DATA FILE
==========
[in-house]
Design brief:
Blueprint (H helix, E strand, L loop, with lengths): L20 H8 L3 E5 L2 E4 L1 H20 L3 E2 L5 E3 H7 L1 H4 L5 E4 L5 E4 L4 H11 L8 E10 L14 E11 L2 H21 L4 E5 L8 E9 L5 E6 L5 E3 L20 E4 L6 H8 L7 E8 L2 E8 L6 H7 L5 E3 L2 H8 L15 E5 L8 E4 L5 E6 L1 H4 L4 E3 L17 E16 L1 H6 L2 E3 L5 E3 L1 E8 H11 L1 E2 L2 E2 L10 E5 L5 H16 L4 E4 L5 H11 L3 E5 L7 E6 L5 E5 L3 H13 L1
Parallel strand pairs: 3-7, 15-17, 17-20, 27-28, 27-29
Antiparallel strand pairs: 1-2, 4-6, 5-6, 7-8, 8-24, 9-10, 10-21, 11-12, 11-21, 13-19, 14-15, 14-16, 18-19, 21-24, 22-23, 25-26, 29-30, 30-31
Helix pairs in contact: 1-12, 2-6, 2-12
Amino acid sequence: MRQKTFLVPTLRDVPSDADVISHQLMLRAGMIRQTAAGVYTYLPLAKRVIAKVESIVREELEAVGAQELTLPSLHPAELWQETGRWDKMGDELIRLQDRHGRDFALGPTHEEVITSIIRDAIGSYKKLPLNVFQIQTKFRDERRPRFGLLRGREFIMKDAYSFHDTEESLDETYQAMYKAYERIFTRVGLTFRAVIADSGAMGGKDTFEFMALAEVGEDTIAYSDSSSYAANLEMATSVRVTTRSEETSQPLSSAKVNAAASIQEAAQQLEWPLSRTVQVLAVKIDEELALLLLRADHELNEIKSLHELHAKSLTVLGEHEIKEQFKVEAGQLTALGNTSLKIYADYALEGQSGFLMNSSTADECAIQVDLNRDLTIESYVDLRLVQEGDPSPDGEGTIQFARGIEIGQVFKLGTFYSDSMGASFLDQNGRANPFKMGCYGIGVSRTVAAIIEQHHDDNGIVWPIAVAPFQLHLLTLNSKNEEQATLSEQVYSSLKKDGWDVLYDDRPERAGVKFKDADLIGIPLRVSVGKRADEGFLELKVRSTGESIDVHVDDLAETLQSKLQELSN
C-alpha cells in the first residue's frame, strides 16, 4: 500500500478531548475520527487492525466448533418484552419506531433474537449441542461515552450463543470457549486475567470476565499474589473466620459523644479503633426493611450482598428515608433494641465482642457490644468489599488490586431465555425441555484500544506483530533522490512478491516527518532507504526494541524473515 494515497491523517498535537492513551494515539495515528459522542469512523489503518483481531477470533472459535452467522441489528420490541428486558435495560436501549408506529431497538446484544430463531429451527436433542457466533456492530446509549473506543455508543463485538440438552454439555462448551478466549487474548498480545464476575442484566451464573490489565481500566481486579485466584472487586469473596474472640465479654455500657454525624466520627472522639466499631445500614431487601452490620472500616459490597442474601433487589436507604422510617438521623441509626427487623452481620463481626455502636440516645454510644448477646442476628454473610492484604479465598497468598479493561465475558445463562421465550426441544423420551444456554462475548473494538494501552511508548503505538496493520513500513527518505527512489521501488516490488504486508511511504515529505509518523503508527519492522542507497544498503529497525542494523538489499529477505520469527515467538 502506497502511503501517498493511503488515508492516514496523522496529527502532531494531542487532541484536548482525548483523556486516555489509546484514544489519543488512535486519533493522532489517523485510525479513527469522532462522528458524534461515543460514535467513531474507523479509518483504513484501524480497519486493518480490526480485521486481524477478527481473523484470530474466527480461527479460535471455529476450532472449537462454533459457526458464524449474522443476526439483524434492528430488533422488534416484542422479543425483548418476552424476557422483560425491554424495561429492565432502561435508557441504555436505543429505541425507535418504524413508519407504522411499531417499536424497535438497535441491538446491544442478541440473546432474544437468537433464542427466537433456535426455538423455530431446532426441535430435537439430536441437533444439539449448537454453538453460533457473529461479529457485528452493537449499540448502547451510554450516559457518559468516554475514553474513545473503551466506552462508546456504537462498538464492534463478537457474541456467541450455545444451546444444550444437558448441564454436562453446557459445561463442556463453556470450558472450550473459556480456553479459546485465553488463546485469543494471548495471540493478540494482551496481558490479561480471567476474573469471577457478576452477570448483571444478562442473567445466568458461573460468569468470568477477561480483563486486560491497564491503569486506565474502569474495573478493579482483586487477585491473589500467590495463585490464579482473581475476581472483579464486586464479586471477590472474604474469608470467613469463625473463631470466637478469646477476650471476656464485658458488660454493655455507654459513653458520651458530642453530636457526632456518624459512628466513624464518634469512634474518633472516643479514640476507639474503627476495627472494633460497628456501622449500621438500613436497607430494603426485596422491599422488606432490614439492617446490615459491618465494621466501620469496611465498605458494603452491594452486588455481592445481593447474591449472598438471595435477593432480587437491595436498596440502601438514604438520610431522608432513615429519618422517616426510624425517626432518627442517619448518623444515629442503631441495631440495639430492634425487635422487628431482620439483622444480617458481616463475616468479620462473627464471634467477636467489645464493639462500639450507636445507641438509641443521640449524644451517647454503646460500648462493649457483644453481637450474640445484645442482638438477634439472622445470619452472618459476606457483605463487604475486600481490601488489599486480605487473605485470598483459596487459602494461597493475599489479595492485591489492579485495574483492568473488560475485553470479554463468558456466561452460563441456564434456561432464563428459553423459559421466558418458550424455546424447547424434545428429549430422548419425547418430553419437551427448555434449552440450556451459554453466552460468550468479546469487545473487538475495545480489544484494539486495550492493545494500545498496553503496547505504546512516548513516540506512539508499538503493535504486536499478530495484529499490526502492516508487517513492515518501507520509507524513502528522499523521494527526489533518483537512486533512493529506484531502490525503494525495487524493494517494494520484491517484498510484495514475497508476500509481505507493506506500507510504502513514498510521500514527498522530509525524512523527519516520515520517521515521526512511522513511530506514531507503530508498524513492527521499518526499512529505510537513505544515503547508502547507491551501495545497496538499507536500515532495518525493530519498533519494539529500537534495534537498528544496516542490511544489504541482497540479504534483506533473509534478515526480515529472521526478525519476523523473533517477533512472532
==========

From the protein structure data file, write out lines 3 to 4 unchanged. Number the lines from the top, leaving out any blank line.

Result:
Blueprint (H helix, E strand, L loop, with lengths): L20 H8 L3 E5 L2 E4 L1 H20 L3 E2 L5 E3 H7 L1 H4 L5 E4 L5 E4 L4 H11 L8 E10 L14 E11 L2 H21 L4 E5 L8 E9 L5 E6 L5 E3 L20 E4 L6 H8 L7 E8 L2 E8 L6 H7 L5 E3 L2 H8 L15 E5 L8 E4 L5 E6 L1 H4 L4 E3 L17 E16 L1 H6 L2 E3 L5 E3 L1 E8 H11 L1 E2 L2 E2 L10 E5 L5 H16 L4 E4 L5 H11 L3 E5 L7 E6 L5 E5 L3 H13 L1
Parallel strand pairs: 3-7, 15-17, 17-20, 27-28, 27-29